An employee walks past a logo of Swiss bank UBS in Zurich. Picture: REUTERS
An employee walks past a logo of Swiss bank UBS in Zurich. Picture: REUTERS

Paris — UBS Group is "very pessimistic" about reaching an agreement with French authorities to settle a case of alleged tax fraud that forced the bank to post a €1.1bn bond to cover any potential penalties three years ago, Journal du Dimanche reported.

France’s financial prosecutor was seeking a €1.1bn fine from UBS to settle the case with no admission of guilt from the lender, the French newspaper said on Sunday, quoting unidentified sources.

"Such a large amount is unthinkable vis-a-vis our shareholders as well as vis-a-vis other jurisdictions with which we have negotiated," UBS general counsel Markus Diethelm said in an interview with the newspaper.

UBS had been pushing to settle the French investigation for less than the €300m it paid to resolve a similar issue in Germany in 2014, people familiar with the matter said earlier in March. The Swiss bank was looking to pay less than what it cost to resolve the German case as the French wealth management market was much smaller, the people said at the time.

Investigative judges, who ran the probe, are currently in a position to order a trial or dismiss the case, a move that would effectively end settlement talks

After several confidential meetings with France’s financial prosecutor, Diethelm said he was "very pessimistic" about reaching an accord. "What was put on the table wasn’t reasonable," he said.

French MPs last year approved a new civil settlement procedure requiring that fines be based on the advantage derived from the wrongdoing, within a limit of 30% of average revenue over the past three years. Talks between the financial prosecutor and UBS have been continuing since.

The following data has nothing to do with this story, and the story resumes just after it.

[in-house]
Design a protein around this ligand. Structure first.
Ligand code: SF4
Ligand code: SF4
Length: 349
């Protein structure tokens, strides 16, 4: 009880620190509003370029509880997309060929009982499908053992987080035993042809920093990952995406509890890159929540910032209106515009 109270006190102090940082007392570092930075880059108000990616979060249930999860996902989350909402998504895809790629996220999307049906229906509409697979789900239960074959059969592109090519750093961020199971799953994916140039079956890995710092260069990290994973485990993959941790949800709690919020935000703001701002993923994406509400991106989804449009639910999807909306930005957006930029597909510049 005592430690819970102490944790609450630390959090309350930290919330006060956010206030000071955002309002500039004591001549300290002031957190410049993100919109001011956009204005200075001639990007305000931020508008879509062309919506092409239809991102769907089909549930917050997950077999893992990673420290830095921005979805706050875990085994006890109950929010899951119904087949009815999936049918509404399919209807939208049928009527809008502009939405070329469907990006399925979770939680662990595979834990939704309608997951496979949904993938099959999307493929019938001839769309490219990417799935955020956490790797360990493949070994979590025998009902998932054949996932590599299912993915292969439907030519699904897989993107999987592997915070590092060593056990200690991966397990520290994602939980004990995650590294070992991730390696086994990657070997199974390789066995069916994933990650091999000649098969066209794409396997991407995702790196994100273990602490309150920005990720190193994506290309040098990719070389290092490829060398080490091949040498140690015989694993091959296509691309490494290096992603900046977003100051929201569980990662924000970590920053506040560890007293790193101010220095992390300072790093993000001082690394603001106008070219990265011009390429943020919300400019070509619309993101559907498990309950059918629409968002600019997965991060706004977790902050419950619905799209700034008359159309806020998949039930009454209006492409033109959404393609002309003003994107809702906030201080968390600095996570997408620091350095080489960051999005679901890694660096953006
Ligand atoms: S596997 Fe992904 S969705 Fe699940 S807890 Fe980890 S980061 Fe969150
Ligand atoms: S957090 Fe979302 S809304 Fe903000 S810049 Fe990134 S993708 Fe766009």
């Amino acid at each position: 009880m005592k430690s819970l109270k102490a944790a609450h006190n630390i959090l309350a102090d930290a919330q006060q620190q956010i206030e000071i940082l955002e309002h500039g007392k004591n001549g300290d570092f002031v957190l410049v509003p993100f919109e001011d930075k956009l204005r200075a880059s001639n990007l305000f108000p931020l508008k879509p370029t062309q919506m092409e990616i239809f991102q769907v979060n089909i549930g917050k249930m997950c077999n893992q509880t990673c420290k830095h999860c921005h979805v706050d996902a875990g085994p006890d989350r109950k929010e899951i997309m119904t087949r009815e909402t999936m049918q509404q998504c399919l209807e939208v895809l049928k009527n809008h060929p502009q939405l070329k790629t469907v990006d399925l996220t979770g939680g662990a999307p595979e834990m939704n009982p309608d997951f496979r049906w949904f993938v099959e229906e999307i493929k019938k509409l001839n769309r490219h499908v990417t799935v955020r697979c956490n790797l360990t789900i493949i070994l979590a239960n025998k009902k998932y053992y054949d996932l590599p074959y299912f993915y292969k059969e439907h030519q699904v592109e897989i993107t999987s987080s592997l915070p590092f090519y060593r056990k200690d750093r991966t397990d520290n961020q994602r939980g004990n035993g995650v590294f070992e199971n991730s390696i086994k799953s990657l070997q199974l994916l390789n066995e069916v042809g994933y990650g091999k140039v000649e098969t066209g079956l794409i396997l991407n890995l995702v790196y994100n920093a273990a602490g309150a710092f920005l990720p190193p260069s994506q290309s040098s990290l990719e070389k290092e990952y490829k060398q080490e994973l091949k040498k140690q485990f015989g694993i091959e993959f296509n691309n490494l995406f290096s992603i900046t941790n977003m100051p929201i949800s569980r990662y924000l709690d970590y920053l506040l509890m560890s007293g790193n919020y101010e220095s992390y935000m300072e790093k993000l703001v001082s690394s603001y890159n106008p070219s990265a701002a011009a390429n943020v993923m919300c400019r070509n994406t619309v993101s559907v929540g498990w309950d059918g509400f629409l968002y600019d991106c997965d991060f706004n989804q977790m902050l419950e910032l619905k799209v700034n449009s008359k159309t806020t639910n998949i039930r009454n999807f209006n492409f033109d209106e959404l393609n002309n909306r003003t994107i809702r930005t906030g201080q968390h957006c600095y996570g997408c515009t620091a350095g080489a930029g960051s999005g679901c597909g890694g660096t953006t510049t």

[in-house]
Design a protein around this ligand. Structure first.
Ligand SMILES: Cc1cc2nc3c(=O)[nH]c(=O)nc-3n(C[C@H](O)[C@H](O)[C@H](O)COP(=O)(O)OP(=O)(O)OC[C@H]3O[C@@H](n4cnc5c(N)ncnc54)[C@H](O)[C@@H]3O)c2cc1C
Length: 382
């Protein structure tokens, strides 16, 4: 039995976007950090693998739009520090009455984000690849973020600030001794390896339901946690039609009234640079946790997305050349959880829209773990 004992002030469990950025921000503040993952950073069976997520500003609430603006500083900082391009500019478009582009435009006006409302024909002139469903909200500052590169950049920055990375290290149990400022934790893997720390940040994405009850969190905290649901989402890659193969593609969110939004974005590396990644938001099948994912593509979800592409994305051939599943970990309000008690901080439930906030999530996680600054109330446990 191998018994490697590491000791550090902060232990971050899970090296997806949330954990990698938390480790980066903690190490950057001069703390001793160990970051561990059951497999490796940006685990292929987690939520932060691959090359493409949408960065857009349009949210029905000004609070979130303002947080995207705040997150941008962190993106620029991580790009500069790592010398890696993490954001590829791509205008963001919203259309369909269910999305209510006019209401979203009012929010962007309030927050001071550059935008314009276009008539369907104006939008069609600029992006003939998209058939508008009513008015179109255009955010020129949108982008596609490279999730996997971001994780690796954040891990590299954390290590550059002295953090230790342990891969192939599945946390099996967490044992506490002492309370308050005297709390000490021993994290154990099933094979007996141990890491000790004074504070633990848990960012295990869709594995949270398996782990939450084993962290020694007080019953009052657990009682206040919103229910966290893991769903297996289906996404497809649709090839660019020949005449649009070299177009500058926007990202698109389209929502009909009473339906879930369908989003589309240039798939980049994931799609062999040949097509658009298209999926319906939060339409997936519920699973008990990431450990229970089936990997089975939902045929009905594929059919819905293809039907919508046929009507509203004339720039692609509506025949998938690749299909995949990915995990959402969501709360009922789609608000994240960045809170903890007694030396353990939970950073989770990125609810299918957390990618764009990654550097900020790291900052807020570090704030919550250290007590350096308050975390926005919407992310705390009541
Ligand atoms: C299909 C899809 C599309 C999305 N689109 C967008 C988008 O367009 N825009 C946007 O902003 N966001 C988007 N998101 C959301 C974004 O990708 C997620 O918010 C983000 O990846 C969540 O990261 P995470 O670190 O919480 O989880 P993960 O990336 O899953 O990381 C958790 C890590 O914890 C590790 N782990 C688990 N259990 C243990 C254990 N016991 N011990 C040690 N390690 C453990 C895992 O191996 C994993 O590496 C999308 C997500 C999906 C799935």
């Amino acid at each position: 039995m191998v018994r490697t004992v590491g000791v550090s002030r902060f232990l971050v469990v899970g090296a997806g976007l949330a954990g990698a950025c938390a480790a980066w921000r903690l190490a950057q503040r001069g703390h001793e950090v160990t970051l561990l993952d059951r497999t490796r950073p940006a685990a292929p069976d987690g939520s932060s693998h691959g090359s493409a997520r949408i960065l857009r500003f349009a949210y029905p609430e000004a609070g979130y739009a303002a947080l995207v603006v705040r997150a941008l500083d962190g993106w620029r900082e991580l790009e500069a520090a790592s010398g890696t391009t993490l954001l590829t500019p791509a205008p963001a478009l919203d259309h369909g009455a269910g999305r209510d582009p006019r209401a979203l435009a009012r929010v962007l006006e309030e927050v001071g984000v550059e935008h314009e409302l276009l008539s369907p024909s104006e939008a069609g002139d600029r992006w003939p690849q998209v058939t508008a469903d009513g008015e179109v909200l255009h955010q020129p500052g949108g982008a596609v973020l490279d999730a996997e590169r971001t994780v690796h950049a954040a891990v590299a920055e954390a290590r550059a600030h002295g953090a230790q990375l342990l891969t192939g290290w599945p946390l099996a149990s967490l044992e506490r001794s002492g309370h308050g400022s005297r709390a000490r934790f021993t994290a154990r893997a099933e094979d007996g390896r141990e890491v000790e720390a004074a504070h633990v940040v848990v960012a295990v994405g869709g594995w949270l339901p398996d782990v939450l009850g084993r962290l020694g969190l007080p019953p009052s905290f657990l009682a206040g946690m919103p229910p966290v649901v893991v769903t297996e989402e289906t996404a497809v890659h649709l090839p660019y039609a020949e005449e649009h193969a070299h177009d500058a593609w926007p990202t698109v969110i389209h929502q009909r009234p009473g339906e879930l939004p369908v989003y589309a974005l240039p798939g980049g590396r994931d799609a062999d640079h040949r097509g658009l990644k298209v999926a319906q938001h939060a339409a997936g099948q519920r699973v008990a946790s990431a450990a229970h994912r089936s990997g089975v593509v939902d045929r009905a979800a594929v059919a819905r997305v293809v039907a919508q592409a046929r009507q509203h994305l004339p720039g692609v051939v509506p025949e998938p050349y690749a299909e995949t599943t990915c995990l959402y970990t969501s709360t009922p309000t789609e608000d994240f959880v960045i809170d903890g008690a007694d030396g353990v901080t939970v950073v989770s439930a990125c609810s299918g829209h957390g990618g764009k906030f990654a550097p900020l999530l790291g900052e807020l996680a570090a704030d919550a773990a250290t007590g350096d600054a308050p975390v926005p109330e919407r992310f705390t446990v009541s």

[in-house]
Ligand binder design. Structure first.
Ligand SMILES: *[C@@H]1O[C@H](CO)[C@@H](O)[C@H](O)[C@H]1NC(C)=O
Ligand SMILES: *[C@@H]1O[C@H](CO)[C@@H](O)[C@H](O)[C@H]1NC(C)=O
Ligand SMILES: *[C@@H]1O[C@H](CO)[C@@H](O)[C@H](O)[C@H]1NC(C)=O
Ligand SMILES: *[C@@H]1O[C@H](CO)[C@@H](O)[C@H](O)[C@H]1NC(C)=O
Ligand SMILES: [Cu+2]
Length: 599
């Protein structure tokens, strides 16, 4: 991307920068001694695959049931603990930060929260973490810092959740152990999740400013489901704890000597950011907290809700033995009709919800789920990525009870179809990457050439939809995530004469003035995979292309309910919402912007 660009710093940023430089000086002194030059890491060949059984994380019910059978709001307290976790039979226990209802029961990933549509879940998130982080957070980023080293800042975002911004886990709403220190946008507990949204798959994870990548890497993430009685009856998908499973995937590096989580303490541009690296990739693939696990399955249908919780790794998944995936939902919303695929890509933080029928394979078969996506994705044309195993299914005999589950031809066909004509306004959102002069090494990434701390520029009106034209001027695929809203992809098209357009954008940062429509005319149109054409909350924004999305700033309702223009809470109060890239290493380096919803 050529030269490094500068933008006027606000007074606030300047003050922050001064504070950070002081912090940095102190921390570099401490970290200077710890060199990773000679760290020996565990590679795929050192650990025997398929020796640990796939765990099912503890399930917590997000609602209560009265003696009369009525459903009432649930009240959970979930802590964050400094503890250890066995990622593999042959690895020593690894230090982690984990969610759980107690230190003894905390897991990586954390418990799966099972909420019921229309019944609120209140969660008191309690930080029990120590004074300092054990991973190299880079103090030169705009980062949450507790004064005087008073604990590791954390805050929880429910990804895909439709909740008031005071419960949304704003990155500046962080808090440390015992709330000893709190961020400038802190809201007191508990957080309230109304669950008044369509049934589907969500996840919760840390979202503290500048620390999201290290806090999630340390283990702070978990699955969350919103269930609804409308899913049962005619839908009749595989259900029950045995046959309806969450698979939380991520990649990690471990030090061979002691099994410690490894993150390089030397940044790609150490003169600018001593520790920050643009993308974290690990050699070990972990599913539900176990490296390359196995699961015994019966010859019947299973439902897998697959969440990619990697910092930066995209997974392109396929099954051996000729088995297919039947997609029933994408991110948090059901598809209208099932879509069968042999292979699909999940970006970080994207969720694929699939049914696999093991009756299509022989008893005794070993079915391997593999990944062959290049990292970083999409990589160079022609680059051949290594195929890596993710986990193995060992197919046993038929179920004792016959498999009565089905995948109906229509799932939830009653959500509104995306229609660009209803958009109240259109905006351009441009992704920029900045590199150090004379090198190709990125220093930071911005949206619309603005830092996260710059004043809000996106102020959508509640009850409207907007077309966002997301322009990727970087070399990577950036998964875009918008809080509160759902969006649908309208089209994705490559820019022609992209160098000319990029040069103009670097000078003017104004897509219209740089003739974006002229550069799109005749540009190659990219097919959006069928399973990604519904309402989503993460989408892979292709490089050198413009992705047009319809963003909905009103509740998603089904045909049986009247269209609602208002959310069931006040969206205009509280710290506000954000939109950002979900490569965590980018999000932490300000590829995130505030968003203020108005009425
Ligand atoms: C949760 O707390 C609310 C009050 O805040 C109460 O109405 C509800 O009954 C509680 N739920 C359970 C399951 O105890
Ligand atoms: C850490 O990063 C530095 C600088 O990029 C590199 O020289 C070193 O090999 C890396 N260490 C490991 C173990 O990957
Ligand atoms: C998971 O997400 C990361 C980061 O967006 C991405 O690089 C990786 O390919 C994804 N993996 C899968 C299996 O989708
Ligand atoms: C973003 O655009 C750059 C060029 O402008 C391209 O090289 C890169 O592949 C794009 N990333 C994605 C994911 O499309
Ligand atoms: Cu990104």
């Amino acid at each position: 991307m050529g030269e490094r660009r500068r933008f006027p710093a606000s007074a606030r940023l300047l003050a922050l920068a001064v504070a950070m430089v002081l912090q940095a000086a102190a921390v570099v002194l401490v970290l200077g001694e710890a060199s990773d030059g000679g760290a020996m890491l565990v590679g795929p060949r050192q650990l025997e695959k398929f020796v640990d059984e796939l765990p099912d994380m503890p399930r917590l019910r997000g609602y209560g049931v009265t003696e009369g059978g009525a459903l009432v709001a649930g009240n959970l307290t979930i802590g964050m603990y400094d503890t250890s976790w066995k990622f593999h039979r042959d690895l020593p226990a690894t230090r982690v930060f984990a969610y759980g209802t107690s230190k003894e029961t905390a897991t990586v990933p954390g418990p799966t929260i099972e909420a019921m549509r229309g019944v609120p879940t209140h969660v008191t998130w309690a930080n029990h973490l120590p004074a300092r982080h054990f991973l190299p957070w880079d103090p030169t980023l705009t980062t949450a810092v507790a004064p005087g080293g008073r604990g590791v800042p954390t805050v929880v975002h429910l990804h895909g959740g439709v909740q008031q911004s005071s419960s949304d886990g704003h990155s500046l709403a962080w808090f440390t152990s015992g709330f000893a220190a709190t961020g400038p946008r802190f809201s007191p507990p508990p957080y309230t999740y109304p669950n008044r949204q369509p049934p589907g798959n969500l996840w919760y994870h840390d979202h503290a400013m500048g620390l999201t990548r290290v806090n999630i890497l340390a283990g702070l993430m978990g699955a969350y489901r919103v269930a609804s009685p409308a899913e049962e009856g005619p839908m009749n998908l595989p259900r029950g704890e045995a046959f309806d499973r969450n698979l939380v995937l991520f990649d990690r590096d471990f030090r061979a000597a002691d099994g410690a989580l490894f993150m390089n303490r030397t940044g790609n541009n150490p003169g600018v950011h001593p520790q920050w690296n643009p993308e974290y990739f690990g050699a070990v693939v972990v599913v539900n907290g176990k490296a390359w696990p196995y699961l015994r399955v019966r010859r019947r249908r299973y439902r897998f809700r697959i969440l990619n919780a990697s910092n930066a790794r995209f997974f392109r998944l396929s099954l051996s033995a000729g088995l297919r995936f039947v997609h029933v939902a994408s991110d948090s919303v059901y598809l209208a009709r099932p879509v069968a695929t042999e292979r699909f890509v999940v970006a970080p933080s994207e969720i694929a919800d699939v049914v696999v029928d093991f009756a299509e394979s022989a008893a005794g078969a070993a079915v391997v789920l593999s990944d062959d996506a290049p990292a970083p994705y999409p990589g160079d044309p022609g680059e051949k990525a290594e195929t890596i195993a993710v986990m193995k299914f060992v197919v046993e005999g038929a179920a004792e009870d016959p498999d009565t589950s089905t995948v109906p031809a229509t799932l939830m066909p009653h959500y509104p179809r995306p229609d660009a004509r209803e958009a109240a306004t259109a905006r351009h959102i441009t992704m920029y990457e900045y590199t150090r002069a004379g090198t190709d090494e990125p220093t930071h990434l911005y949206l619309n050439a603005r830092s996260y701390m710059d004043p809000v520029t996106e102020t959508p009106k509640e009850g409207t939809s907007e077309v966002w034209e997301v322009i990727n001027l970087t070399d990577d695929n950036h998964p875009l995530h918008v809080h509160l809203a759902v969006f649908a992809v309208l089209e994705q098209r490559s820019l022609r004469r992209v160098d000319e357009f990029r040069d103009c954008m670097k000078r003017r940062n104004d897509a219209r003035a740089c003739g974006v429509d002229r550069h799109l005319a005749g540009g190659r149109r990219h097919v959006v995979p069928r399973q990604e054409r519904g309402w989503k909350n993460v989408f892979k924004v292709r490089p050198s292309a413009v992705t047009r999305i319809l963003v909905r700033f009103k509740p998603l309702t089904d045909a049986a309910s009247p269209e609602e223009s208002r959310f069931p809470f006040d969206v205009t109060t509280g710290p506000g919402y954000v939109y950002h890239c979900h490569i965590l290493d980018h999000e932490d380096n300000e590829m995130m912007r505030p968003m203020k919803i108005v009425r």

Investigative judges, who ran the probe, are currently in a position to order a trial or dismiss the case, a move that would effectively end settlement talks. In February 2016, they completed their probe into allegations UBS had conspired to help clients evade taxes and laundered the proceeds.

While no action had been announced since then, the case might be sent to trial as soon as next week, the paper reported, quoting unidentified sources.

If the case goes to trial, UBS could be fined as much as €4.9bn or half of the €9.8bn that investigative judges estimate French citizens have stashed in undeclared offshore funds managed by UBS.

UBS previously sought to reach a deal with French authorities before the new settlement procedure was approved but talks broke down in 2014 after it baulked at entering a guilty plea.

Bloomberg

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